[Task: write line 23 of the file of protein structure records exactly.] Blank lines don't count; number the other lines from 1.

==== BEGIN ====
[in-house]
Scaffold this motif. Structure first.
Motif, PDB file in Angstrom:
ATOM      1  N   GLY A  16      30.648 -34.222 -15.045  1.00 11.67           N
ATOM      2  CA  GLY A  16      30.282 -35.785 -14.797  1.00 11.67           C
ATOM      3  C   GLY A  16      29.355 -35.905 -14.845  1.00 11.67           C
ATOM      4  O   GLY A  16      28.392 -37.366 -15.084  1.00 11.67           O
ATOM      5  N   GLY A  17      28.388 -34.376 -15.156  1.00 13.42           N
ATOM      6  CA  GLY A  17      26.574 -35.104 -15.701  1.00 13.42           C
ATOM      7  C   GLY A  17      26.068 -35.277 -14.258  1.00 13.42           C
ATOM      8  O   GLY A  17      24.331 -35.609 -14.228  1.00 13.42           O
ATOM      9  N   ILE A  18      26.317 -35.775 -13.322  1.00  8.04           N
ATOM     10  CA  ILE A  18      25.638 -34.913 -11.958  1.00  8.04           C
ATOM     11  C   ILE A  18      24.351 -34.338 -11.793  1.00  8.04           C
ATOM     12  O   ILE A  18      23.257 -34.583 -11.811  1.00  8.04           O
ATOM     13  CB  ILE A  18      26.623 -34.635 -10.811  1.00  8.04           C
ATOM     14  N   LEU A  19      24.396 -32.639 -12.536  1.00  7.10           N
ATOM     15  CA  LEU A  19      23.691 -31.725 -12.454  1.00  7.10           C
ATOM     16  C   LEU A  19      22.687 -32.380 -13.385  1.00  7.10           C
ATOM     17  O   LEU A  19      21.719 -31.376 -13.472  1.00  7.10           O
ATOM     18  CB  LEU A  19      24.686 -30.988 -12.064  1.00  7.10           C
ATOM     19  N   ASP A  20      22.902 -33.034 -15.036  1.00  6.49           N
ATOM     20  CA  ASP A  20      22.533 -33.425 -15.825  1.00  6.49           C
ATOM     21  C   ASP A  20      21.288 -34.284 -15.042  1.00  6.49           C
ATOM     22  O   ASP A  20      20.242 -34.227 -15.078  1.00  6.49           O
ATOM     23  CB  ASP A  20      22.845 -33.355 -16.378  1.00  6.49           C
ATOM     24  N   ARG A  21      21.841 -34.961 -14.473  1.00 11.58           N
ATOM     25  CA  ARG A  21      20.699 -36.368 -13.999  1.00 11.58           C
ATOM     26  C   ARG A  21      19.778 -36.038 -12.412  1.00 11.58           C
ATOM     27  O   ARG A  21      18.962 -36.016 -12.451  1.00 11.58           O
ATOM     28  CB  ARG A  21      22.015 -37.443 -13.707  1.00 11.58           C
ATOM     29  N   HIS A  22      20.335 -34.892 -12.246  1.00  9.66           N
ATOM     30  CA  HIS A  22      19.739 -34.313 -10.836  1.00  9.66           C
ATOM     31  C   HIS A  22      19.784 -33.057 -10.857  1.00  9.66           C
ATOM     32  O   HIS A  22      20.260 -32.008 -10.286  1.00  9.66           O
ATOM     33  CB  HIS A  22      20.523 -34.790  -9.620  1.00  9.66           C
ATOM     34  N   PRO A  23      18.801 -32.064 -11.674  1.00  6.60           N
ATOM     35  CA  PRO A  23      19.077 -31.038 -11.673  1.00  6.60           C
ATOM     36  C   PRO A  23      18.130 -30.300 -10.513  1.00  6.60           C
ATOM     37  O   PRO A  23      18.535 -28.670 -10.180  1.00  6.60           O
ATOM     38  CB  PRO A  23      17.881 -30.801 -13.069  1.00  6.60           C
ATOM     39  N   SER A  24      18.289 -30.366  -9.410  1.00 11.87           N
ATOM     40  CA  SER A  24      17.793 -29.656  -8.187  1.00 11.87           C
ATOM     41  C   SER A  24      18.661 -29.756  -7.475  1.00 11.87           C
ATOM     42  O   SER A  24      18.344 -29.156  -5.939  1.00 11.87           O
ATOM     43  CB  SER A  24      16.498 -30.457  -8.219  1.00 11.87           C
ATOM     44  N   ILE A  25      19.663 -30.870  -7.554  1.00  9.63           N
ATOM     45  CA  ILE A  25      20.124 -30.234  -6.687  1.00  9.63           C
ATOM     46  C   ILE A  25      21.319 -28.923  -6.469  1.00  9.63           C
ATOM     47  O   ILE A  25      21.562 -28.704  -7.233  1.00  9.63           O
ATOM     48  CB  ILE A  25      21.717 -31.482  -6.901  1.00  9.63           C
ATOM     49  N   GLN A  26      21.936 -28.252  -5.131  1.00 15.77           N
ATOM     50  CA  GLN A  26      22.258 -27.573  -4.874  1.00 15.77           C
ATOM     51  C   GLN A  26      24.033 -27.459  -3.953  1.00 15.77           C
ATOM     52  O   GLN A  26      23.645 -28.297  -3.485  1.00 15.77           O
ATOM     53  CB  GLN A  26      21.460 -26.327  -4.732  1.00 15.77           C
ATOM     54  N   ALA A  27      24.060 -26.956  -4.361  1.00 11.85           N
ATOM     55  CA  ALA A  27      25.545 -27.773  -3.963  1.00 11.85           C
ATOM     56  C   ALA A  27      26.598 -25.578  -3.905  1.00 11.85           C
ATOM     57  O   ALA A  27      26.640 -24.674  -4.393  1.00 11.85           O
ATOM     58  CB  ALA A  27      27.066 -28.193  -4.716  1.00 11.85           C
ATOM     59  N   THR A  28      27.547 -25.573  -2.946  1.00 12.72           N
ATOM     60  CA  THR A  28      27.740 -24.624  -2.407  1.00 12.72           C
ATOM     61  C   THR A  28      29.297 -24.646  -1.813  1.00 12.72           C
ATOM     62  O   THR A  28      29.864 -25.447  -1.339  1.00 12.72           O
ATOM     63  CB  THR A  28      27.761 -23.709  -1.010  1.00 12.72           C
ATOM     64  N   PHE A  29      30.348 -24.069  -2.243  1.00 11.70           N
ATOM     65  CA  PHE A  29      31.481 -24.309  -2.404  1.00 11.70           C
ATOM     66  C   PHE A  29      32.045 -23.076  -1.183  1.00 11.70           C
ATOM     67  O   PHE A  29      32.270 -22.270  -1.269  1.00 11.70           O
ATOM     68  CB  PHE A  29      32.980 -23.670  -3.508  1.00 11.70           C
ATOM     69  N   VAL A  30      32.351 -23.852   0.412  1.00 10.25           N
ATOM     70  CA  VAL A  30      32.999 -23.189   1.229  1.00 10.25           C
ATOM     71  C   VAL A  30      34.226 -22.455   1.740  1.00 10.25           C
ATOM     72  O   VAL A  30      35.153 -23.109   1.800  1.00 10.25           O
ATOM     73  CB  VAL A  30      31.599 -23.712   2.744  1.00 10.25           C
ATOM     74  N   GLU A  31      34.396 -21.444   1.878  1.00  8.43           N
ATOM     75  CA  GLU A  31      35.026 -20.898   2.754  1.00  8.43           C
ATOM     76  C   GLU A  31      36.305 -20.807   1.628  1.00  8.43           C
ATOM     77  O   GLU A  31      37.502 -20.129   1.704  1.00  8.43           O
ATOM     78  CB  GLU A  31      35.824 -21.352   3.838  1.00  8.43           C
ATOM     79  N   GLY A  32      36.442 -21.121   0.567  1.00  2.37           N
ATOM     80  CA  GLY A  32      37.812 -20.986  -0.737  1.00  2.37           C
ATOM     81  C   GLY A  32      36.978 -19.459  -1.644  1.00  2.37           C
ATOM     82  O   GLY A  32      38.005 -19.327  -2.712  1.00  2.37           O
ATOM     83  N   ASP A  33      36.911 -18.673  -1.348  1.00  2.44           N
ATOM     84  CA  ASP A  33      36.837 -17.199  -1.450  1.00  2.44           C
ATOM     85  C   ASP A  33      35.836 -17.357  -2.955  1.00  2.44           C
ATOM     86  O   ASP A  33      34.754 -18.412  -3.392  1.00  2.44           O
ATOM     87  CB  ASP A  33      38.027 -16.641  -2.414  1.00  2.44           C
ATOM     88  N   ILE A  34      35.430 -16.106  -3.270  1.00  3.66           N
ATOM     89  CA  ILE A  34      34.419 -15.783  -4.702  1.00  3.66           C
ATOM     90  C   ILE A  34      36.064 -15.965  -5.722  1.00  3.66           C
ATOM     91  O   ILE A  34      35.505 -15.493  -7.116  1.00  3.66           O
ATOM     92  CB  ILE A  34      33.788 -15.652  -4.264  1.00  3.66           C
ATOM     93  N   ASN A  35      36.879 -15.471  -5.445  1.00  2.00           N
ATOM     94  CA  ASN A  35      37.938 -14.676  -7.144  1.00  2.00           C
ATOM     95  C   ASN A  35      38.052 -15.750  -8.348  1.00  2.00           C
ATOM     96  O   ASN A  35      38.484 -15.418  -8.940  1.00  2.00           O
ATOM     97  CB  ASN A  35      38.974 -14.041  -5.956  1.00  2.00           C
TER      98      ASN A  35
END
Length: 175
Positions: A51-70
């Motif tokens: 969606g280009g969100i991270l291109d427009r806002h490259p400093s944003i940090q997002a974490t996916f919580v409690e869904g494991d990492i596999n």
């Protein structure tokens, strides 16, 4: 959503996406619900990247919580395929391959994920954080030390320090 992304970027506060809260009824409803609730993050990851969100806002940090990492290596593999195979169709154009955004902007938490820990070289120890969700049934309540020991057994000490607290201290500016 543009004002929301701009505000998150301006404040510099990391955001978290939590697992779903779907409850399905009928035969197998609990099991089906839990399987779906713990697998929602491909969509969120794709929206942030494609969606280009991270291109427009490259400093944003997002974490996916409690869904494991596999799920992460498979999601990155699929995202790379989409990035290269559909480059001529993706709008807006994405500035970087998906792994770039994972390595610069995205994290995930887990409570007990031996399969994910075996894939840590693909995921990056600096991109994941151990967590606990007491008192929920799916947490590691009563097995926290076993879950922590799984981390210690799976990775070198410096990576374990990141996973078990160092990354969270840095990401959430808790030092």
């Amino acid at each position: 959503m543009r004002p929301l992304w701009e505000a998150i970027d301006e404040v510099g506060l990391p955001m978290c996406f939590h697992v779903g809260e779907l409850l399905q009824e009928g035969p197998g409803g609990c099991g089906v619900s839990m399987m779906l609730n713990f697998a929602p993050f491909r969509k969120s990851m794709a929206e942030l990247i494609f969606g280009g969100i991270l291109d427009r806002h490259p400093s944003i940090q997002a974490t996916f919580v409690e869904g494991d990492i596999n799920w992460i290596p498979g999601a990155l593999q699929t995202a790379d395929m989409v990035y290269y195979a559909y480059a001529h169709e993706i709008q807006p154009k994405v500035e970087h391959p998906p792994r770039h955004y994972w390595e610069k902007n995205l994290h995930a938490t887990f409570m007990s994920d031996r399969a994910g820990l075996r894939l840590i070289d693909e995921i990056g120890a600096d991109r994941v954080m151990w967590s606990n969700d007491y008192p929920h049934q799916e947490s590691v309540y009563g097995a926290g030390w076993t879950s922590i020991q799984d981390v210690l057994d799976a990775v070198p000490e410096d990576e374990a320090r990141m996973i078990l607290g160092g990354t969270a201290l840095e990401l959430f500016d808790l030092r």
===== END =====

ATOM     20  CA  ASP A  20      22.533 -33.425 -15.825  1.00  6.49           C